My five-year old daughter was asking about astronauts the other day and why they float in space. After me showing her a few bits on the kids section on the NASA web site I started explaining about the ...
39
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4answers
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What is the minimum pressure of a medium for which a sound wave can exist?

At what pressure will be particles in a medium be unable to form a sound wave when disturbed? How can this pressure be described mathematically? My guess is that this would correspond to the point at ...
39
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7answers
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How can two seas not mix?

How can two seas not mix? I think this is commonly known and the explanation everyone gives is "because they have different densities". What I get is that they eventually will mix, but this process ...
39
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4answers
25k views

What causes ballpoint pens to write intermittently?

After a while, a ball point pen doesn't write very well anymore. It will write for a little distance, then leave a gap, then maybe write in little streaks, then maybe write properly again. It seems ...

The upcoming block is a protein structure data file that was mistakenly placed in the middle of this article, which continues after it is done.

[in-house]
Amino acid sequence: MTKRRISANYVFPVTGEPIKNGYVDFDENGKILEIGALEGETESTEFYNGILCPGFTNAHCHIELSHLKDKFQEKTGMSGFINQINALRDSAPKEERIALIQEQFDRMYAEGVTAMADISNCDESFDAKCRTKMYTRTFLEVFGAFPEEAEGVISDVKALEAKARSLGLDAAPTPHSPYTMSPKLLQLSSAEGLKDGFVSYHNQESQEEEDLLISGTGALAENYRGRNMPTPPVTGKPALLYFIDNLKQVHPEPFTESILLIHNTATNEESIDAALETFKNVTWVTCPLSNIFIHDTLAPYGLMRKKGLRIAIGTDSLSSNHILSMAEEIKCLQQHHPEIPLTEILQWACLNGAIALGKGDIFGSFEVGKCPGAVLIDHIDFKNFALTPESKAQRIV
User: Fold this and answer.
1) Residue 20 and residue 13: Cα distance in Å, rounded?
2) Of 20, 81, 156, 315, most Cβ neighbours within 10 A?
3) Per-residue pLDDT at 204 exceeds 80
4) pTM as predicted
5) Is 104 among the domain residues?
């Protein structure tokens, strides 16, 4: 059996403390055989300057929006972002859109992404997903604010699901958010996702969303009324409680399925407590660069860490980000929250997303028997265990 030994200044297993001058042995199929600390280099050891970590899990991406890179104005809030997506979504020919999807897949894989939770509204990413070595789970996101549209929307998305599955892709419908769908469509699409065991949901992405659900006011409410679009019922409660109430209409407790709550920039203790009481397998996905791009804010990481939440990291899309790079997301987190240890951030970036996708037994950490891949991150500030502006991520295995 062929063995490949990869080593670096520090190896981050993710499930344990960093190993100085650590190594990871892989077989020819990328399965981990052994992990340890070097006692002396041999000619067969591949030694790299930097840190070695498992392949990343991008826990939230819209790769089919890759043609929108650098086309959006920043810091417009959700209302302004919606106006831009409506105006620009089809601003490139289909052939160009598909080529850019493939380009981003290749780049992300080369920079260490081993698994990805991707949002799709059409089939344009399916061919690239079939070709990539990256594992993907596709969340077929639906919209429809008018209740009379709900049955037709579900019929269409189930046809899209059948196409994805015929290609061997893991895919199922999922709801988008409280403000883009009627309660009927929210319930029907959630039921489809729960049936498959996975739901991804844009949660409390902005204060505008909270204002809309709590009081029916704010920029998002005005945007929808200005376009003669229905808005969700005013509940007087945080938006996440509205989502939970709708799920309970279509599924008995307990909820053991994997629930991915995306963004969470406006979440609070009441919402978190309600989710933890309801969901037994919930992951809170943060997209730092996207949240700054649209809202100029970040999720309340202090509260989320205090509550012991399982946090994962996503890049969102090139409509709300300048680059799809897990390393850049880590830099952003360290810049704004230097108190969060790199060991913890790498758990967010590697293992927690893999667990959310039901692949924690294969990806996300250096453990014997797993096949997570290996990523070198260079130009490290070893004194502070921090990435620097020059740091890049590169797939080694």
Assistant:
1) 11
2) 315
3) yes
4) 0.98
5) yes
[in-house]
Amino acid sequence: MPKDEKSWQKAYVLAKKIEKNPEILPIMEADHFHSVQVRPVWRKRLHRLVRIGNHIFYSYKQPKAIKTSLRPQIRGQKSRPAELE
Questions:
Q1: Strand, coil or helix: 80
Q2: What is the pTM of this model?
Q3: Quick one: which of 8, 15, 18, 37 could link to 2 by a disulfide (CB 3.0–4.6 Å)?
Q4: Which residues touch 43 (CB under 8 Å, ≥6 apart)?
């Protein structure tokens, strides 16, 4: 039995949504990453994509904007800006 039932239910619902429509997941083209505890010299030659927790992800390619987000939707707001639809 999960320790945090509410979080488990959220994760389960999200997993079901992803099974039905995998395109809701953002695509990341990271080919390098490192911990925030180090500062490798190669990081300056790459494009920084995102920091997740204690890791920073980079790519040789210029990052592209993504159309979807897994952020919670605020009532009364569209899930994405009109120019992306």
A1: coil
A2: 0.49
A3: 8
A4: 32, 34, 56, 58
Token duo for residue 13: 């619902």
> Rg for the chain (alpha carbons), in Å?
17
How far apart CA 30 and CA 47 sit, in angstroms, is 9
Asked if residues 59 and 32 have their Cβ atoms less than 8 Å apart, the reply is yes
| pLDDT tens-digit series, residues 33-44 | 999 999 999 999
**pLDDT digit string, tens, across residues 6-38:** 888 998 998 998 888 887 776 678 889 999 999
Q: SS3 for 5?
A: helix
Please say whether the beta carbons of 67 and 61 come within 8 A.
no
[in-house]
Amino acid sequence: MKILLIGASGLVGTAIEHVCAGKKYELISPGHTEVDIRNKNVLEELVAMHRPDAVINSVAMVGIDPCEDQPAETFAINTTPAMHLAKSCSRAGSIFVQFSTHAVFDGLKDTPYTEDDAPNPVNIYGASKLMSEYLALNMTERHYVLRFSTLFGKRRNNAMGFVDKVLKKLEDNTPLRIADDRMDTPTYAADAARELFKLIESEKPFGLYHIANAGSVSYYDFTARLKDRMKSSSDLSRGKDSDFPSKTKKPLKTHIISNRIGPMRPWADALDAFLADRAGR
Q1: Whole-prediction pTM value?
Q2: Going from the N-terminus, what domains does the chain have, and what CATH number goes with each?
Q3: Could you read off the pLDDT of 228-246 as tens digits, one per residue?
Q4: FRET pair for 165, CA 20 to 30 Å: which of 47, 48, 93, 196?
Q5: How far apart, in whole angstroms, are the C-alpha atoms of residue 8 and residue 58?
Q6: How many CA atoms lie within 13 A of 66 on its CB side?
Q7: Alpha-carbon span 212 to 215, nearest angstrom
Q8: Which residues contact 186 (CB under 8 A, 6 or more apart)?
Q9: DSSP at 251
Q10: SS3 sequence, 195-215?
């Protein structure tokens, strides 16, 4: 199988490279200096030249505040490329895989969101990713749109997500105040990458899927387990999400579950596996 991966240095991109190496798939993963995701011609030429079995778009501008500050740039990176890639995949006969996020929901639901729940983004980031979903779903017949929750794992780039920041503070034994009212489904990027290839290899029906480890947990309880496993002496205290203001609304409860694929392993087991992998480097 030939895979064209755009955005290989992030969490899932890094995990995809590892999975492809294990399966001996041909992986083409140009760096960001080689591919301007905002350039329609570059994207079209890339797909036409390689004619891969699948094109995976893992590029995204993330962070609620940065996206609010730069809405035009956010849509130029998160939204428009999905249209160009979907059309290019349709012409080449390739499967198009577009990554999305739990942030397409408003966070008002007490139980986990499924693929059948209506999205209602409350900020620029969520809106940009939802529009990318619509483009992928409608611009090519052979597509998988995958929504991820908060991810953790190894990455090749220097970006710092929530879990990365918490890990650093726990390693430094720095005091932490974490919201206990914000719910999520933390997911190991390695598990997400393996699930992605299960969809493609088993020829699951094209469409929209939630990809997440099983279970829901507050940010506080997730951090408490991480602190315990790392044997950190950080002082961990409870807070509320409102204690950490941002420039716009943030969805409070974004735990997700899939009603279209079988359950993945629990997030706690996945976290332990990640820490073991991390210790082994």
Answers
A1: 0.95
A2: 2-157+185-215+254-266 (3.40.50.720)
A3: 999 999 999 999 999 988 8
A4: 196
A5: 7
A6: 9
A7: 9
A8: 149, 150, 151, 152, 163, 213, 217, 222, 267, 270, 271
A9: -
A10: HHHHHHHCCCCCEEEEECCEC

38
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2answers
3k views

Wind generators - why so few blades?

Why commercial wind generators usually have just 2-3 blades? Having more blades would allow to increase power OR decrease diameter. Decreased diameter would also reduce stress due to different wind ...
38
votes
12answers
3k views

Mechanics around a rail tank wagon

Some time ago I came across a problem which might be of interest to the physics.se, I think. The problem sounds like a homework problem, but I think it is not trivial (i am still thinking about it): ...
35
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3answers
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What is the fallacy in this infinite motion machine?

I realize this isn't possible, but I can't see why not, especially if you change the model a little bit so that the balls simply travel through a tube of water on the way up, rather than exactly ...
35
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3answers
5k views

What is going on in front of and behind a fan?